We've written before about the important role that philanthropy can play in supporting historically black colleges and universities, which face a unique set of challenges. Another story of this country's racial wealth gap and history of economic exclusion can be told through endowment numbers. In 2014, five HBCUs — Howard, Spelman, Hampton University, Meharry Medical College, and Florida A&M — had a combined endowment of around $1.5 billion. Harvard University on its own, meanwhile, has an endowment of over $30 billion. Even my own alma mater—Pomona College, a small liberal arts college—has an endowment of over $2 billion, though this isn't typical.
But maybe the numbers for historically black schools can change over time, as more African-Americans achieve substantial wealth. The grads of HBCUs include people like Oprah Winfrey and Rosalind Brewer, CEO of Sam's Club. Oprah, of course, has supported historically black colleges and universities over the years, including Morehouse College in Atlanta.
Speaking of Morehouse, its School of Medicine recently received a $3 million gift from baseball legend Hank Aaron and his wife Billye. The gift will expand the Hugh Gloster Medical Education building and create the Billye Suber Aaron Student Pavilion.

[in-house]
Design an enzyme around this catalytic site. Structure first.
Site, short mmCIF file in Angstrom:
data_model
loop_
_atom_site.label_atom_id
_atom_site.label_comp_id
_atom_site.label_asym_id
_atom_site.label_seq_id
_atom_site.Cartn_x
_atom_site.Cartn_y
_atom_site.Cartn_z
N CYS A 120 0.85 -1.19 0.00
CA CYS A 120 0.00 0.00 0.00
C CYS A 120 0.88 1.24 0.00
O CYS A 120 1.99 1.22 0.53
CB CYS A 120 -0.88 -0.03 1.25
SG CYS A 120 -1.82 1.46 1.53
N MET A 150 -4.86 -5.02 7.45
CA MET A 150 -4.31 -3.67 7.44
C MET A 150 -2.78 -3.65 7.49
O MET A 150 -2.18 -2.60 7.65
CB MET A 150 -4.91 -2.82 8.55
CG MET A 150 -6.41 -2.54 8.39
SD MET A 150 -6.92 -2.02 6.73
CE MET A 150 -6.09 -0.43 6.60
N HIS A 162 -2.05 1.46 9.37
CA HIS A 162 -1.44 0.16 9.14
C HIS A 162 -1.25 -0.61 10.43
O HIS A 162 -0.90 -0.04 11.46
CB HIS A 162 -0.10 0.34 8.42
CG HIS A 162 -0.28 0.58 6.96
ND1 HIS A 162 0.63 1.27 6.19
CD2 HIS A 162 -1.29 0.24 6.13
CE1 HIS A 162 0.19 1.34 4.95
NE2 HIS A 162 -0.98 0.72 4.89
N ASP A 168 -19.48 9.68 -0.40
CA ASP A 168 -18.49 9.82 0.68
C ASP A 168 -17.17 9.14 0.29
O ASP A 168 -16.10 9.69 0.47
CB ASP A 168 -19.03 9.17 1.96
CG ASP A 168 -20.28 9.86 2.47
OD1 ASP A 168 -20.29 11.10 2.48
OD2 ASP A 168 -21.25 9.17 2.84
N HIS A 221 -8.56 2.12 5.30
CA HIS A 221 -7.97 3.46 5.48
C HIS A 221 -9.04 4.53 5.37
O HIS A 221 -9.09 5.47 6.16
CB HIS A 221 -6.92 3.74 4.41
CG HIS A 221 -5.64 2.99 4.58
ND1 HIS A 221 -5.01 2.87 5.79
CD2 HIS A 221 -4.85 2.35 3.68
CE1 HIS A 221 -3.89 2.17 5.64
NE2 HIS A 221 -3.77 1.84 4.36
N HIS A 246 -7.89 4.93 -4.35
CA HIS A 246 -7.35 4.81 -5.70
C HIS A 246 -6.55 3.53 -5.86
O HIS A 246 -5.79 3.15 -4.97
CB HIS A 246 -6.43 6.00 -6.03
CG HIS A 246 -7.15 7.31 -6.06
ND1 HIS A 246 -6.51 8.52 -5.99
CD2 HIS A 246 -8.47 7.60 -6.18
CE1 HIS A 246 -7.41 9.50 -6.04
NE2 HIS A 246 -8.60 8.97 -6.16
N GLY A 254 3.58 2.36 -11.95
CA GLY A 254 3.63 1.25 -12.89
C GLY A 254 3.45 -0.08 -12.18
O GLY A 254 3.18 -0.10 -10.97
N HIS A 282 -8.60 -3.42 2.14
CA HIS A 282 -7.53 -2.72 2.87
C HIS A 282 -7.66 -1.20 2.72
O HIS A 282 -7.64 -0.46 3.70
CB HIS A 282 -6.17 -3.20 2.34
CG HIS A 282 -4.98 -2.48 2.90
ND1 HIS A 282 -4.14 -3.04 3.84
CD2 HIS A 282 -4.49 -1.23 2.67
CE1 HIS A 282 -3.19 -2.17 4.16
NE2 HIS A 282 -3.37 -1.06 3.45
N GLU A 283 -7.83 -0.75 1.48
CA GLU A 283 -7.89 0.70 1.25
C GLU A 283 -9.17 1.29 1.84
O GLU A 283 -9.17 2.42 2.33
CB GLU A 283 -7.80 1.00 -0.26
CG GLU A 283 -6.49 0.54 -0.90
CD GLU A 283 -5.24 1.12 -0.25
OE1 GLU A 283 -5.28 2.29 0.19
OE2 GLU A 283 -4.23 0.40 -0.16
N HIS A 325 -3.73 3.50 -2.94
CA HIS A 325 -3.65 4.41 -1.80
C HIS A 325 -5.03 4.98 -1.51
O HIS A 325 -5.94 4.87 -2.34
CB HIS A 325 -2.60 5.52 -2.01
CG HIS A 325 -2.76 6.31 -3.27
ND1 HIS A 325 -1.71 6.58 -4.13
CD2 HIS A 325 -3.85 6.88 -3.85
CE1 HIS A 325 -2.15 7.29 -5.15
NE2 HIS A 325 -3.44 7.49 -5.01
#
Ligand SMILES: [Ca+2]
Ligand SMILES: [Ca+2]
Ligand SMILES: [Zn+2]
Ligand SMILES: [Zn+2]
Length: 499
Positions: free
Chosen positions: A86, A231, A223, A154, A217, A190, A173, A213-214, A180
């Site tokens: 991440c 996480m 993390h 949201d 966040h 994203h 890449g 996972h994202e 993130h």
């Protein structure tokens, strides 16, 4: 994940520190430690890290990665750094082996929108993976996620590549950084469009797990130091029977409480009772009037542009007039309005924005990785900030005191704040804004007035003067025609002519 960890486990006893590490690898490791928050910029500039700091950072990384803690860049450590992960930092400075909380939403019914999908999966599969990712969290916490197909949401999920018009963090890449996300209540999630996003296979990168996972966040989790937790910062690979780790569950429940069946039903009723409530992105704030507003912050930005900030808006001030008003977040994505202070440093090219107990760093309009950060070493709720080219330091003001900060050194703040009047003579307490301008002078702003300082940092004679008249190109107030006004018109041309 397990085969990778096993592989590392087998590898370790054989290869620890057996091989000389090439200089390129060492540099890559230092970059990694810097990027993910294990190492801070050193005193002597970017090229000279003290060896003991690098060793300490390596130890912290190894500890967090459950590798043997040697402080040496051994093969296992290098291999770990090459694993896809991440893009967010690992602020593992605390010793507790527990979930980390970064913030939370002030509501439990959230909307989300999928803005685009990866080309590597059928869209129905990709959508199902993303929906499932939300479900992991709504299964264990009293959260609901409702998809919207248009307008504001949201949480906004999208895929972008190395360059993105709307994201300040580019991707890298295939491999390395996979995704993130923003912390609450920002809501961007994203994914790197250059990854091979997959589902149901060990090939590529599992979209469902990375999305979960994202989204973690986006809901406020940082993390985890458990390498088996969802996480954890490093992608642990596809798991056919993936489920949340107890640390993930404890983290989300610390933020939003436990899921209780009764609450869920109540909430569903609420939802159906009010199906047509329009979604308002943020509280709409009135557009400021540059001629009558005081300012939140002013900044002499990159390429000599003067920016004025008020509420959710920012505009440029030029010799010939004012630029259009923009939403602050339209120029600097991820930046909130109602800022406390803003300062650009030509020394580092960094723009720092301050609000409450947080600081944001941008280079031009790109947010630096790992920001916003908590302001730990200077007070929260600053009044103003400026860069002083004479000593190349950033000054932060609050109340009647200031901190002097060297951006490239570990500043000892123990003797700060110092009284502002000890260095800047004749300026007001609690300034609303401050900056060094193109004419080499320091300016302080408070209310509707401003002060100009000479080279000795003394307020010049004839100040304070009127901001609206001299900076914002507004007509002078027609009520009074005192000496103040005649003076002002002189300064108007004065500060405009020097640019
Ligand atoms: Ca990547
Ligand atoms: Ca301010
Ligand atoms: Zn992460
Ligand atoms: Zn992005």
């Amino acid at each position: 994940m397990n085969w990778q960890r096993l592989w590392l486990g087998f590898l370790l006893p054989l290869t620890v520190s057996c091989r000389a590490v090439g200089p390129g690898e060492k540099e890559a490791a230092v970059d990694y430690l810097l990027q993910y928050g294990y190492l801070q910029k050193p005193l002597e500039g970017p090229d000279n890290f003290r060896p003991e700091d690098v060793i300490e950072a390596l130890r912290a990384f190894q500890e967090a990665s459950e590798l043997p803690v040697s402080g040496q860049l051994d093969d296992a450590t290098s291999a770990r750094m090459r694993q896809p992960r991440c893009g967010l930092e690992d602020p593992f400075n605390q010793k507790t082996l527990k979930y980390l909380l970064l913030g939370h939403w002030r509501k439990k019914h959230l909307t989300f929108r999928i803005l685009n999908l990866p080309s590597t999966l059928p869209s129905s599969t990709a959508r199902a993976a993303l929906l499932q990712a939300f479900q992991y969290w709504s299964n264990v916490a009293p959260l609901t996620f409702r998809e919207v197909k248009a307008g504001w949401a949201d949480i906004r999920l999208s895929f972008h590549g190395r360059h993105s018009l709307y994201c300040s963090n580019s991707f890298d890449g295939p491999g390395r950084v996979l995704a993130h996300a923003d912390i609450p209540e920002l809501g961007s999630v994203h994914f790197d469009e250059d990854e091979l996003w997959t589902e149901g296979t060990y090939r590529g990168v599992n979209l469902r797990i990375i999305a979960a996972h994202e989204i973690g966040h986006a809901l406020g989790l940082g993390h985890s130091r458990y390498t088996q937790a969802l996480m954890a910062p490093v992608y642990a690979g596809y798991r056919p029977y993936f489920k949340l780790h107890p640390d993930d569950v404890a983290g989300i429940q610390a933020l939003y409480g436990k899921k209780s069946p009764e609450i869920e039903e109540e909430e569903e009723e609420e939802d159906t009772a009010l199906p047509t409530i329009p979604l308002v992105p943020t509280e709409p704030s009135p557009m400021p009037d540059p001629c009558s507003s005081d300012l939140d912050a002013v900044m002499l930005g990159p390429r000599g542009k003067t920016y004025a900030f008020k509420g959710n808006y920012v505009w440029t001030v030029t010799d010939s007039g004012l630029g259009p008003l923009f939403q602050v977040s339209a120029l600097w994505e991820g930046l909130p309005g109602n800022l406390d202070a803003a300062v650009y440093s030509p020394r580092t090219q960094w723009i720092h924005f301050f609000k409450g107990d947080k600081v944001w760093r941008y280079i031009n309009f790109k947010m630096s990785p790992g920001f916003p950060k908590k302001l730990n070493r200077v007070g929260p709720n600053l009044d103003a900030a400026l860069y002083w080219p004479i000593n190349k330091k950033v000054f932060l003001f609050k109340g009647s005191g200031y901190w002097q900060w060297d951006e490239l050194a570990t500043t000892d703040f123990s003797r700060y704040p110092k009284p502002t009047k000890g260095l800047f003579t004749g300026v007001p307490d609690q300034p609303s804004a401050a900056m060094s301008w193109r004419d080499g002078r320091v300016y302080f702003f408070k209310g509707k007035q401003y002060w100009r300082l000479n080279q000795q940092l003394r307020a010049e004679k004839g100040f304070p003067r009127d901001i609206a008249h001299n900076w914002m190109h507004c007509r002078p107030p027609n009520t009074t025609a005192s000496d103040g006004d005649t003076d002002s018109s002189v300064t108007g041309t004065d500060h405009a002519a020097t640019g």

Aaron and Billye's philanthropy has been laser-focused on education. The couple created the Chasing The Dream Foundation, which focuses on youth and has awarded hundreds of scholarships in its history. Recent grantmaking at the foundation has also involved a trail of HBCUs including Morehouse ($104,000 in 2013), Spelman College, Dillard University, Tuskegee University, Texas College, and Talladega College, which is Alabama's oldest HBCU.
It's easy to see how Aaron's own background might motivate him toward supporting education and historically-black colleges and universities. Before becoming one of baseball's greatest sluggers, holding Major League Baseball's home-run record for more than three decades, he was born into a poor section of Mobile, Alabama. Too poor to afford baseball equipment, Aaron hit bottle caps with a stick. Baseball was his ticket out, and Aaron got his start in the Negro Leagues. He recalls a Washington D.C. restaurant that broke all the plates after his team dined there. Aaron went on to play for the Atlanta Braves for years, and much of the couple's philanthropy has focused on this region.
For years, Aaron's wife Billye worked with the United Negro College Fund (UNCF) and graduated from Texas College, an HBCU that's received support from the couple. In addition, she founded the UNCF Mayor’s Masked Ball and recently chaired the Phenomenal Women Luncheon to honor Morehouse School of Medicine’s then newly appointed President, helping to raise over $600,000 in scholarships for Morehouse medical students.